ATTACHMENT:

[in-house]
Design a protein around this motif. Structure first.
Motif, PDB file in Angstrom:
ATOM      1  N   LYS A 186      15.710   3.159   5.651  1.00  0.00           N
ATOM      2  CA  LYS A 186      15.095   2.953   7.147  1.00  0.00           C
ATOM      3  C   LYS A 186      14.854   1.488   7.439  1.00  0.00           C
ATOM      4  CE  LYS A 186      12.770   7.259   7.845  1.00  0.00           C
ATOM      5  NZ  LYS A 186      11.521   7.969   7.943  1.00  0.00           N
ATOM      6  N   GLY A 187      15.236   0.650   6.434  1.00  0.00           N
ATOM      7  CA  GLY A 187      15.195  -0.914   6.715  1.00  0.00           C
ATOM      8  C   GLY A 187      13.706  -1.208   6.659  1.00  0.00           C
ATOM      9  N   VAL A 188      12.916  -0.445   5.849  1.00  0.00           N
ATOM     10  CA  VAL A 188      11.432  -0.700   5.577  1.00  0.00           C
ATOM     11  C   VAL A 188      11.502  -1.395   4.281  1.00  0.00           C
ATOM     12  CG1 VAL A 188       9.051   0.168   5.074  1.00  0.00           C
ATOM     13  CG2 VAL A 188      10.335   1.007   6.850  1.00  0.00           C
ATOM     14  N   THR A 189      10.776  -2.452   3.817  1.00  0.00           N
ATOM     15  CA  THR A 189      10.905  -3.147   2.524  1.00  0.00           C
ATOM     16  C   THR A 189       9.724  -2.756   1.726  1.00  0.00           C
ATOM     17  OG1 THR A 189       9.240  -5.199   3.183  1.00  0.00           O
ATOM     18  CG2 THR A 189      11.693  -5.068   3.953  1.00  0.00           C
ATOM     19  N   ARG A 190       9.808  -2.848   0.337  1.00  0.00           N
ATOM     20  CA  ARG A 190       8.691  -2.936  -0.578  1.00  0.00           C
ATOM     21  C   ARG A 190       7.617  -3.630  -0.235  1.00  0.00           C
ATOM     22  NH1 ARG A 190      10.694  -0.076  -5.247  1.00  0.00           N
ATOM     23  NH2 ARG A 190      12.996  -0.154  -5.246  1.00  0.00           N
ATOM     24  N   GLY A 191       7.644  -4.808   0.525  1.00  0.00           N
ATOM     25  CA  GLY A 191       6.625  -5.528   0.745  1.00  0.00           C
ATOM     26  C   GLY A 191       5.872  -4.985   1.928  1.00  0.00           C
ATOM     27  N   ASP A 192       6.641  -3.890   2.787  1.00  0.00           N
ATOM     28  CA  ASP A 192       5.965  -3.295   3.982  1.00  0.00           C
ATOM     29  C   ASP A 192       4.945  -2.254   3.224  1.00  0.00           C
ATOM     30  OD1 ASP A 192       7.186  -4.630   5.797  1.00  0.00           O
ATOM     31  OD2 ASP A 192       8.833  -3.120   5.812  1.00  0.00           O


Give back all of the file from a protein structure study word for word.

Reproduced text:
[in-house]
Design a protein around this motif. Structure first.
Motif, PDB file in Angstrom:
ATOM      1  N   LYS A 186      15.710   3.159   5.651  1.00  0.00           N
ATOM      2  CA  LYS A 186      15.095   2.953   7.147  1.00  0.00           C
ATOM      3  C   LYS A 186      14.854   1.488   7.439  1.00  0.00           C
ATOM      4  CE  LYS A 186      12.770   7.259   7.845  1.00  0.00           C
ATOM      5  NZ  LYS A 186      11.521   7.969   7.943  1.00  0.00           N
ATOM      6  N   GLY A 187      15.236   0.650   6.434  1.00  0.00           N
ATOM      7  CA  GLY A 187      15.195  -0.914   6.715  1.00  0.00           C
ATOM      8  C   GLY A 187      13.706  -1.208   6.659  1.00  0.00           C
ATOM      9  N   VAL A 188      12.916  -0.445   5.849  1.00  0.00           N
ATOM     10  CA  VAL A 188      11.432  -0.700   5.577  1.00  0.00           C
ATOM     11  C   VAL A 188      11.502  -1.395   4.281  1.00  0.00           C
ATOM     12  CG1 VAL A 188       9.051   0.168   5.074  1.00  0.00           C
ATOM     13  CG2 VAL A 188      10.335   1.007   6.850  1.00  0.00           C
ATOM     14  N   THR A 189      10.776  -2.452   3.817  1.00  0.00           N
ATOM     15  CA  THR A 189      10.905  -3.147   2.524  1.00  0.00           C
ATOM     16  C   THR A 189       9.724  -2.756   1.726  1.00  0.00           C
ATOM     17  OG1 THR A 189       9.240  -5.199   3.183  1.00  0.00           O
ATOM     18  CG2 THR A 189      11.693  -5.068   3.953  1.00  0.00           C
ATOM     19  N   ARG A 190       9.808  -2.848   0.337  1.00  0.00           N
ATOM     20  CA  ARG A 190       8.691  -2.936  -0.578  1.00  0.00           C
ATOM     21  C   ARG A 190       7.617  -3.630  -0.235  1.00  0.00           C
ATOM     22  NH1 ARG A 190      10.694  -0.076  -5.247  1.00  0.00           N
ATOM     23  NH2 ARG A 190      12.996  -0.154  -5.246  1.00  0.00           N
ATOM     24  N   GLY A 191       7.644  -4.808   0.525  1.00  0.00           N
ATOM     25  CA  GLY A 191       6.625  -5.528   0.745  1.00  0.00           C
ATOM     26  C   GLY A 191       5.872  -4.985   1.928  1.00  0.00           C
ATOM     27  N   ASP A 192       6.641  -3.890   2.787  1.00  0.00           N
ATOM     28  CA  ASP A 192       5.965  -3.295   3.982  1.00  0.00           C
ATOM     29  C   ASP A 192       4.945  -2.254   3.224  1.00  0.00           C
ATOM     30  OD1 ASP A 192       7.186  -4.630   5.797  1.00  0.00           O
ATOM     31  OD2 ASP A 192       8.833  -3.120   5.812  1.00  0.00           O